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This week will decide the fate of tree-lopping behemoth Gunns. Shareholders large and small will be asked to participate in a $430m rights issue, to pay down a heavily-indebted balance sheet.

The magnitude of this capital raising cannot be overstated. When Gunns shares were suspended at $1.68, market capitalisation had shrunk to a meagre $700m, profits had fallen to $63m (versus $105m in 2004) and interest-bearing debt had swollen to an unmanageable $1.5 billion.

This is the same company who aggressively spearheaded the largest pulp mill project in the world, until August 28 when chairman and CEO John Gay admitted they have been unable to secure financing for the $2 billion project, and may well never succeed. Even if they do, it will not be until the end of March 2009.

I have been flagging since January that the pulp mill was unlikely to secure finance. There is no doubt that the global credit crisis, ongoing deterioration in the company’s financial performance, sustained anti-pulp mill lobby, and disregard by management for appropriate procedure to secure transparent approval have all contributed to make this project a ‘poisoned chalice’ for global financial lenders.

In an era in which companies and consumers are aware of major environmental challenges like climate change, the public is less likely to tolerate major investment projects seen to be destroying valuable and irreplaceable resources, such as high conservation-value native forests. Moreover, lending institutions globally are taking their environmental, social and corporate governance (ESG) responsibilities seriously.

The proposed Bell Bay pulp mill, in my opinion, failed to meet ESG criteria, which posed problems above and beyond the challenges of securing finance in the worst credit markets since the Global Depression.

Examination of Gunns’ financial performance since the announcement of the proposed pulp mill in 2004 reveals the share price has fallen some 75 per cent, and net profits after tax have declined 40 per cent. I believe there is a direct correlation between the company’s dwindling financial fortunes and the dogged determination of management to push through an extremely unpopular, unsustainable and financially unviable project.

So what is the future for Gunns’

I think major shareholders will take up their entitlement to the rights issue; they have little choice, except to watch another company sink under the weight of too much debt. But they have the choice to exercise their voice as stakeholders and use their influence to persuade Gunns management the time is right to walk away from the pulp mill project, and transition Gunns to a transparent and sustainable timber company.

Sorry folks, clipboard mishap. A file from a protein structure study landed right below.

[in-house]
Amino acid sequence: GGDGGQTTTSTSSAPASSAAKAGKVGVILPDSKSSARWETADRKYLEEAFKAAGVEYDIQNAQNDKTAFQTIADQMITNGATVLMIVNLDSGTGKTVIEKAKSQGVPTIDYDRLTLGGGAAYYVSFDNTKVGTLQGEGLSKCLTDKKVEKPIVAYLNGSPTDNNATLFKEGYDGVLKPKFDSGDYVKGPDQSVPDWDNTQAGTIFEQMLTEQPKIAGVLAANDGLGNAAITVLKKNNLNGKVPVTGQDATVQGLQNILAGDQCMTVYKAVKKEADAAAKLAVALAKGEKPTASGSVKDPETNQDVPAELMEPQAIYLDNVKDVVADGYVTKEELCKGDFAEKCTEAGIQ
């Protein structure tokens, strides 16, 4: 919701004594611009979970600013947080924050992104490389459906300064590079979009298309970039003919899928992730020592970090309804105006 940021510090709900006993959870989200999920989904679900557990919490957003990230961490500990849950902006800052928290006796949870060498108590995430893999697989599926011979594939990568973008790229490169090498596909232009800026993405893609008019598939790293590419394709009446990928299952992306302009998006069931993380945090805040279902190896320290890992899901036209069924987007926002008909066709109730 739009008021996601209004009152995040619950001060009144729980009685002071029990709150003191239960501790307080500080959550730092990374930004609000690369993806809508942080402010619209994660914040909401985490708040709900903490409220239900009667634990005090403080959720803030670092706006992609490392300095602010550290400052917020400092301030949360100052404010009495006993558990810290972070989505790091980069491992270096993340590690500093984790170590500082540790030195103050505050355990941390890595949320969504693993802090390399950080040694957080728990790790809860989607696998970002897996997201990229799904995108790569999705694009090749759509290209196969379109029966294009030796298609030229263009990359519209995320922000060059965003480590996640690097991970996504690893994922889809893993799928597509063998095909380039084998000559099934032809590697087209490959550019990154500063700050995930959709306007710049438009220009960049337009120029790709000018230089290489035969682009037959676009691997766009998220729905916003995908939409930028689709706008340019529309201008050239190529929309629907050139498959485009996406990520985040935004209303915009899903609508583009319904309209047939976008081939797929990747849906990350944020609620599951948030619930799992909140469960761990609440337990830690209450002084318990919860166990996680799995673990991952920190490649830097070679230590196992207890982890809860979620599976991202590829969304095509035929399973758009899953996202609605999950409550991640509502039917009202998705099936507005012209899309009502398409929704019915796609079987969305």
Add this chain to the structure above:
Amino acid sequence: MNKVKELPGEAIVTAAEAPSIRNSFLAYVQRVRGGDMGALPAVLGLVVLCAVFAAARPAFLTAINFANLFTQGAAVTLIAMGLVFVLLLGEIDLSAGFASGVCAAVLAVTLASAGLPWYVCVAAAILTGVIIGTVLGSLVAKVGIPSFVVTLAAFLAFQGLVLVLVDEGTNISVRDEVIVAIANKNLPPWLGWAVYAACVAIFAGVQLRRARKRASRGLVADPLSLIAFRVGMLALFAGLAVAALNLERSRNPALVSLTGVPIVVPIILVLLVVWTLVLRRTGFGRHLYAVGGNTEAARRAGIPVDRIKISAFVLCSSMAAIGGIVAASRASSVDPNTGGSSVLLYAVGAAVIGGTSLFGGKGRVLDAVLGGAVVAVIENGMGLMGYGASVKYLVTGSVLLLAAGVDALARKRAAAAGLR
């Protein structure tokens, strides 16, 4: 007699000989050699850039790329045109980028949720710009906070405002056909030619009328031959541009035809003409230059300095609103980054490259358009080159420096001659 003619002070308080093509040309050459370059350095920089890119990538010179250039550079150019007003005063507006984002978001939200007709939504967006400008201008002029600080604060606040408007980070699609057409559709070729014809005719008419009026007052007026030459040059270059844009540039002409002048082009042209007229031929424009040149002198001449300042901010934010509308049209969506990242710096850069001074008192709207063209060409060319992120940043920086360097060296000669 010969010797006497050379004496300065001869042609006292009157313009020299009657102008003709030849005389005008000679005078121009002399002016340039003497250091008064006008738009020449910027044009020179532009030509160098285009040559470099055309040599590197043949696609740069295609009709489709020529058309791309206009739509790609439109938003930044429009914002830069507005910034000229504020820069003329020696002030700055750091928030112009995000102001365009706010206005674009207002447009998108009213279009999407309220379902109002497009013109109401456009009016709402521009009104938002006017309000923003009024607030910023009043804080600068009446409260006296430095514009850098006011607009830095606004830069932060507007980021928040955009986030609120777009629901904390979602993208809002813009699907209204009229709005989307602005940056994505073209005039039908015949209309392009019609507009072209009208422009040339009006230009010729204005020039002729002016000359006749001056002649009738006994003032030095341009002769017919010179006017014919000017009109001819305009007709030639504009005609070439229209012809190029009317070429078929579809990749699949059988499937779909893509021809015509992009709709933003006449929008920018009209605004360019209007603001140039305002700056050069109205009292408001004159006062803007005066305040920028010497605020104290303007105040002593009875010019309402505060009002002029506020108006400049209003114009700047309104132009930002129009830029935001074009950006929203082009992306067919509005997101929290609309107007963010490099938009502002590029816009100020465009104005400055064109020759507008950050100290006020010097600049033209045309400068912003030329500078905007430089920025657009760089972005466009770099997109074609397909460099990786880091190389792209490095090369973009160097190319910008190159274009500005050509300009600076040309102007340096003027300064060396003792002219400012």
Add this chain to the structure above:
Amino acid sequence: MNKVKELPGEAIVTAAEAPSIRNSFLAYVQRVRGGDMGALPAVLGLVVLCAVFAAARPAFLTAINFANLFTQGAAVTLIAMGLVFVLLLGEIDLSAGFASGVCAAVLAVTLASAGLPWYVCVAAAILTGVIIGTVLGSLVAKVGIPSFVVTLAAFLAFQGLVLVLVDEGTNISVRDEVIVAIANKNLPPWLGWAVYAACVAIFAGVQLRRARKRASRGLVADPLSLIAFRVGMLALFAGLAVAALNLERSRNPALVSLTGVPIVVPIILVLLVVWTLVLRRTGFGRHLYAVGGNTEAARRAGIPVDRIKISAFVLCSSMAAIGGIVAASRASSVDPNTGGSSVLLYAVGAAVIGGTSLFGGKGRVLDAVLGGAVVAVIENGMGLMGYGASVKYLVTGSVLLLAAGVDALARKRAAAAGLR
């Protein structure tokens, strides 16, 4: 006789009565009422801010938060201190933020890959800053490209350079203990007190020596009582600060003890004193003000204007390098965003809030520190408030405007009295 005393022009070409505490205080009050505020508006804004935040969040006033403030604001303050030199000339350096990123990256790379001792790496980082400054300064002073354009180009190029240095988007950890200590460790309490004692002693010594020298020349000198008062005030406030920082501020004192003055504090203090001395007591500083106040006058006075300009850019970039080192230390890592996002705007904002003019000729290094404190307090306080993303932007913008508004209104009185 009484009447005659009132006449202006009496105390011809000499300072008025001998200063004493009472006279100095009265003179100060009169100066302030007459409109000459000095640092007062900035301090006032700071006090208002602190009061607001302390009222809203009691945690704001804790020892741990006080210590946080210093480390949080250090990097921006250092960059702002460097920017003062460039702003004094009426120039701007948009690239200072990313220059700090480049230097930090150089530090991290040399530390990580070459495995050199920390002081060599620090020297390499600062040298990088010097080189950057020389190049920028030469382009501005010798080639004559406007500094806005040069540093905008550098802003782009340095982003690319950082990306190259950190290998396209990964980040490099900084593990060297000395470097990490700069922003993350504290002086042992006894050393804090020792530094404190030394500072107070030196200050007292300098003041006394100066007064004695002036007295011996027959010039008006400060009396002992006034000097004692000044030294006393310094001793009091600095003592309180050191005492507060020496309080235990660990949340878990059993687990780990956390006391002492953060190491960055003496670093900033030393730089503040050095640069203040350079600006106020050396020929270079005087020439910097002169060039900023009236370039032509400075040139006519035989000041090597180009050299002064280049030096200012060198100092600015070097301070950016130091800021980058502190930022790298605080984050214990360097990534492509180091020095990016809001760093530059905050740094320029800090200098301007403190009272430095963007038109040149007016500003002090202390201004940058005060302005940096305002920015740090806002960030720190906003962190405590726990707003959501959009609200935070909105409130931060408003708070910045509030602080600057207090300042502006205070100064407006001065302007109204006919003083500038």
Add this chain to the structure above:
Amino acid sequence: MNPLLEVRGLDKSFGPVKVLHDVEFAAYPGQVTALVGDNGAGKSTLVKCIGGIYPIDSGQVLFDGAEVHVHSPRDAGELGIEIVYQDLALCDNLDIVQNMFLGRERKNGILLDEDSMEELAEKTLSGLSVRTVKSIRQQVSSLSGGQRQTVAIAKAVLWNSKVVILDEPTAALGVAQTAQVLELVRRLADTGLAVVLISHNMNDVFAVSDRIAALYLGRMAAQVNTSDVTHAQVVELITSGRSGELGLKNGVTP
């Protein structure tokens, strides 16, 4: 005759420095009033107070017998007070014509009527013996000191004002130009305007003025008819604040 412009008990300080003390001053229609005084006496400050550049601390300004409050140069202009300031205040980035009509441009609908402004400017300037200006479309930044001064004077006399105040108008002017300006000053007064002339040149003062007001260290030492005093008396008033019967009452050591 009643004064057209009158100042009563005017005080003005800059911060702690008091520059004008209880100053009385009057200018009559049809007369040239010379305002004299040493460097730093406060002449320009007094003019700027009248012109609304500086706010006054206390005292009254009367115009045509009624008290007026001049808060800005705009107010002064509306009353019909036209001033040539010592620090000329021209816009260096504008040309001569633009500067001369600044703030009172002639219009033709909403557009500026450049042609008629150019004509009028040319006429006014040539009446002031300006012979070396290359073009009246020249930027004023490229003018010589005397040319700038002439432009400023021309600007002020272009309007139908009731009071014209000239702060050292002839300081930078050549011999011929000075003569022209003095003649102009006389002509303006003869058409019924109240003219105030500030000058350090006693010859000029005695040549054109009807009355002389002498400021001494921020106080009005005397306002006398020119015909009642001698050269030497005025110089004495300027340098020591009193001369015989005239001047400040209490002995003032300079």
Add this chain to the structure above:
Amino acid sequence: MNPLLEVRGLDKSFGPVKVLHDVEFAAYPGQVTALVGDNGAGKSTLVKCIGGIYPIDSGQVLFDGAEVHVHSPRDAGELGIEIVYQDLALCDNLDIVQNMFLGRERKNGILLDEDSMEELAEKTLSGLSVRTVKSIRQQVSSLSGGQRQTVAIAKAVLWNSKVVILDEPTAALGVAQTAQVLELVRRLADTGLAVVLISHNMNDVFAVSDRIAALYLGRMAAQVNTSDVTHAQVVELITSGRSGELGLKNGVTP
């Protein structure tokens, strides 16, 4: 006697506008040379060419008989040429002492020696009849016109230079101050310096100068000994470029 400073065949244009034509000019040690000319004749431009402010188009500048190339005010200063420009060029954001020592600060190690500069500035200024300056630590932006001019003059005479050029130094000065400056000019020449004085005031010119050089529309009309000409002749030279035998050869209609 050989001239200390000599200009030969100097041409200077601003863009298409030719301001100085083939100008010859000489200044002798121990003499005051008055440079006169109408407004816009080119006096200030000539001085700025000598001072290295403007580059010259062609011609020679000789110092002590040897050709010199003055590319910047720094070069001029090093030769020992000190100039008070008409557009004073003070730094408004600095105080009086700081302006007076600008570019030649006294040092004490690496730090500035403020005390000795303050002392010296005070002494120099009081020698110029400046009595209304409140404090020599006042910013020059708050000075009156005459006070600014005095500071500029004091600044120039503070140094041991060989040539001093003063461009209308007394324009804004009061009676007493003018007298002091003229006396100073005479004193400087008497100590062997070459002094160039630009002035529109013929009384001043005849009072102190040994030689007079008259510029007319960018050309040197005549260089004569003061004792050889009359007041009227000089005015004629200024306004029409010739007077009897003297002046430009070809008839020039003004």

This transition could be even more urgent than management is prepared to admit, with new Tasmanian Premier David Bartlett stating openly that the government would consider ending Gunns’ future 20-year wood supply agreement.

The viability of Gunns wood chipping and proposed pulp mill activities have always depended on extremely favourable pricing given to the company for the primary resource, the native timber feedstock. The stumpage costs charged by Forestry Tasmania to Gunns have never been disclosed; however, the favourable terms have allowed Gunns to compete internationally, against low cost countries such as Brazil.

There is another risk for Gunns in the Japanese desire to increasingly source wood chips from non native forests. Japan is Gunns most important wood chip customer.

As a resource company, Gunns needs to take a good look at the future of its markets. Whether it likes it or not, the ease with which the company can source its feedstock from native forests is coming under pressure from both the supply and demand side.

Supply is threatened by the changing political climate. Politicians are responding to voter concern over logging of high conservation value forests and there is growing global realisation that logging of all native forests needs to stop, to arrest CO2 emissions and sustain valuable carbon stores.

On the demand side, customers for native wood chips and pulp are declining as they increasingly seek to source from plantations.

But out of adversity comes opportunity. Gunns has the choice to leave behind the debacle that has become the pulp mill, re examine its business model and reduce the risk of shrinking feedstock supply and declining demand for its products by switching as swiftly as possible to plantation-only feedstock and higher value added timber building products.

It is up to major shareholders to help Gunns, if they are to be true to their stakeholders and trustees and invest for the benefit of future generations.

Danielle Ecuyer is a former Investment Banker, anti pulp mill campaigner and ESG advocate.